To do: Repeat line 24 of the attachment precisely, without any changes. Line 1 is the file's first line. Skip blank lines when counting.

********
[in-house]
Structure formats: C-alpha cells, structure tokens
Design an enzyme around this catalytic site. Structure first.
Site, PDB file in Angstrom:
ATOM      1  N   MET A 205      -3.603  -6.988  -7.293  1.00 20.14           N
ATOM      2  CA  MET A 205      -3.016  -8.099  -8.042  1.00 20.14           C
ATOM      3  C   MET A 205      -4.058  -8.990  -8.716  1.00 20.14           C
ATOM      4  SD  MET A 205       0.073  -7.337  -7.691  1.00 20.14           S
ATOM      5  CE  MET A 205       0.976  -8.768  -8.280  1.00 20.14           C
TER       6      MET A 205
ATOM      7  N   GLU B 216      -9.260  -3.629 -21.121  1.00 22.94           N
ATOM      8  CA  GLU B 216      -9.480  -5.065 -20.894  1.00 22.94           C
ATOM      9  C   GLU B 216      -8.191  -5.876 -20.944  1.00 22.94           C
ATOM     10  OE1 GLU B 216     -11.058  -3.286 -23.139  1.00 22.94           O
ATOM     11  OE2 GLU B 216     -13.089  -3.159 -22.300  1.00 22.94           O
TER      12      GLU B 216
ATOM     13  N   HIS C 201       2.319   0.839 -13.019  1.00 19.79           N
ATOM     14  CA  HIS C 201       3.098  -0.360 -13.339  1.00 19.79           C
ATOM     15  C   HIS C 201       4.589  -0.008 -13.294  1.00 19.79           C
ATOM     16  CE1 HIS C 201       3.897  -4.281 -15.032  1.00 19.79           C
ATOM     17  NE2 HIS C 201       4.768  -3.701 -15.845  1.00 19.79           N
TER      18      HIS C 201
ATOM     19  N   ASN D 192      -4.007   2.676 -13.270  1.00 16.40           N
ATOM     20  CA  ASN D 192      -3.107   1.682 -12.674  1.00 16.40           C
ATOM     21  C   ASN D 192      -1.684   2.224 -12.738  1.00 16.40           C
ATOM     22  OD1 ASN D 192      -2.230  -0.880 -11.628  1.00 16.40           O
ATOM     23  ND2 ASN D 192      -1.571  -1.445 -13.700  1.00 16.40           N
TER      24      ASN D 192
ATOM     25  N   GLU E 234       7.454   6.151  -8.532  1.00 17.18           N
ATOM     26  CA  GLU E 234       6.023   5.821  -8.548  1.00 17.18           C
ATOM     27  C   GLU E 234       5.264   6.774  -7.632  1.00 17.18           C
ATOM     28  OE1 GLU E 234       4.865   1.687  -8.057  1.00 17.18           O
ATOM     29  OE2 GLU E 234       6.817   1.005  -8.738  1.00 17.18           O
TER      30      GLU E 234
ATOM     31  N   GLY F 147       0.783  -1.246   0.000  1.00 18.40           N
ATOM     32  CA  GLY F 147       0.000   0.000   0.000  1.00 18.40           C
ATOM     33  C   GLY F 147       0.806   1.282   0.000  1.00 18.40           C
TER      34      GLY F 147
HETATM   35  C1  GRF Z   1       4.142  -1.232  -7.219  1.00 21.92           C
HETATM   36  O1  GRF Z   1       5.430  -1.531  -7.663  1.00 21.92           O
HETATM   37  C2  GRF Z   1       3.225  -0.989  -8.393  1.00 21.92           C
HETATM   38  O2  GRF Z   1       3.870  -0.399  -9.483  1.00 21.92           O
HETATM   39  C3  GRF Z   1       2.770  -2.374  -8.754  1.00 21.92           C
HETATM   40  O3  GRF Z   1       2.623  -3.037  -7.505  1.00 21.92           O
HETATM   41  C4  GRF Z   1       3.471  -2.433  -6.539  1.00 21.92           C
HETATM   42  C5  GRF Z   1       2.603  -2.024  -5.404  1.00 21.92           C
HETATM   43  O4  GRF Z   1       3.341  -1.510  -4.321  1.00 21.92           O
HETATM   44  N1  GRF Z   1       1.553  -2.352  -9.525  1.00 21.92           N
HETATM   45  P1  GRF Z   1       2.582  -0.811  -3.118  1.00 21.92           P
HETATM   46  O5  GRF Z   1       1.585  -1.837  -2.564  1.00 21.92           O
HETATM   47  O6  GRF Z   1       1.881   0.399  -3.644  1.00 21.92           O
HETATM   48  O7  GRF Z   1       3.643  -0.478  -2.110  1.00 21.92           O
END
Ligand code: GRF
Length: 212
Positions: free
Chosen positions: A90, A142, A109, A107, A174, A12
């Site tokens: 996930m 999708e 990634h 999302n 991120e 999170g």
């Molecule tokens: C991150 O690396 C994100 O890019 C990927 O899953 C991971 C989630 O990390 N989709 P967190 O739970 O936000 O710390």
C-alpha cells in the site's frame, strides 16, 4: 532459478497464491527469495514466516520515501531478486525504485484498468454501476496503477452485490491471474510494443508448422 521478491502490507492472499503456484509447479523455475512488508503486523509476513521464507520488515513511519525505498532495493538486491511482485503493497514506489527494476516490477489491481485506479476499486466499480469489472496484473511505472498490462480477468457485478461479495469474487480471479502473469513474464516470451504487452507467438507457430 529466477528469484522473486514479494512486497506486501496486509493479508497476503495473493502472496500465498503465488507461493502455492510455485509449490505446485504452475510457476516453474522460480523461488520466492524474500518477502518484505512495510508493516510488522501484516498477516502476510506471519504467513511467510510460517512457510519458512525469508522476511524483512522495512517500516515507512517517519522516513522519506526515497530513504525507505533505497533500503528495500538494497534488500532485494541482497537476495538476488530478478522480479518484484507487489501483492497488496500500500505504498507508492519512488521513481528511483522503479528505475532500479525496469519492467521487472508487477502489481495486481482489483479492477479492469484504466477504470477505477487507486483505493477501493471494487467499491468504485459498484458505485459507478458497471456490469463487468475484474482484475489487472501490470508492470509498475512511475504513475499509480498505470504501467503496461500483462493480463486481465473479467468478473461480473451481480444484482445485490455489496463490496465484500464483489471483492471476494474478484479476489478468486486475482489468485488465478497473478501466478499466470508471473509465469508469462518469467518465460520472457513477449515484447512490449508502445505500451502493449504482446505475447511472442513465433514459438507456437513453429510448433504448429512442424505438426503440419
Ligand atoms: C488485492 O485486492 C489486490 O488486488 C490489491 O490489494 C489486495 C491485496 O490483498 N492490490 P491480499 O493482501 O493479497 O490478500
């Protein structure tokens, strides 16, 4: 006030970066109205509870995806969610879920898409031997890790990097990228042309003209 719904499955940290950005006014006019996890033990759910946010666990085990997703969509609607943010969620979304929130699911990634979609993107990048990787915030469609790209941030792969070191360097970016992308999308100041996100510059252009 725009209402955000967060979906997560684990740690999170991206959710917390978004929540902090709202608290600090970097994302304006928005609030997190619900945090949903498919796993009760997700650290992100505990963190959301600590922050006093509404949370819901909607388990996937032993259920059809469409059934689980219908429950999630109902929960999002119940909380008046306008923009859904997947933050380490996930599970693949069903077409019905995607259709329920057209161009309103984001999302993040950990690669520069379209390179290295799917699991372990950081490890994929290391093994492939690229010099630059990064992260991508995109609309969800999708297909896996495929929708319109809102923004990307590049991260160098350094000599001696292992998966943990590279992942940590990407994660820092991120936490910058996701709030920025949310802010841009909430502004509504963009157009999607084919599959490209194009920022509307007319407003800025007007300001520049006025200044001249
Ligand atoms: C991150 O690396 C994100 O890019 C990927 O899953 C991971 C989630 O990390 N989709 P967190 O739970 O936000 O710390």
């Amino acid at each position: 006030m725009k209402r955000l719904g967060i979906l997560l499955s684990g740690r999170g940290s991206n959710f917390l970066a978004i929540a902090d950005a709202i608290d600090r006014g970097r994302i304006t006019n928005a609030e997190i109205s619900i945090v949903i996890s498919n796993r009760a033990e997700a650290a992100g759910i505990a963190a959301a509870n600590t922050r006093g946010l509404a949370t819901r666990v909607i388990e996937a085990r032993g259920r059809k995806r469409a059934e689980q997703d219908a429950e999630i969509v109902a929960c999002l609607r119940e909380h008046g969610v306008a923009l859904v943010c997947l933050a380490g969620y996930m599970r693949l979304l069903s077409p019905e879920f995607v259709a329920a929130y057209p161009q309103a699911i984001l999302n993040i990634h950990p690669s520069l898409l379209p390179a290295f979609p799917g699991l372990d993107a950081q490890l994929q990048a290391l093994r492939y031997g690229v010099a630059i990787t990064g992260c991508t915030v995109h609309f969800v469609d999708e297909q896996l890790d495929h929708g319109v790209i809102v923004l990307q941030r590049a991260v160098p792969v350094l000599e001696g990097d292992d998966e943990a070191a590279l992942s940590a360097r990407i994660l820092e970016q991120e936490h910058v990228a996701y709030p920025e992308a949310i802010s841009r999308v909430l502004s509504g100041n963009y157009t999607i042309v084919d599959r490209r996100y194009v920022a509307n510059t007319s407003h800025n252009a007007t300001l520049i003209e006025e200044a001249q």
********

ATOM     20  CA  ASN D 192      -3.107   1.682 -12.674  1.00 16.40           C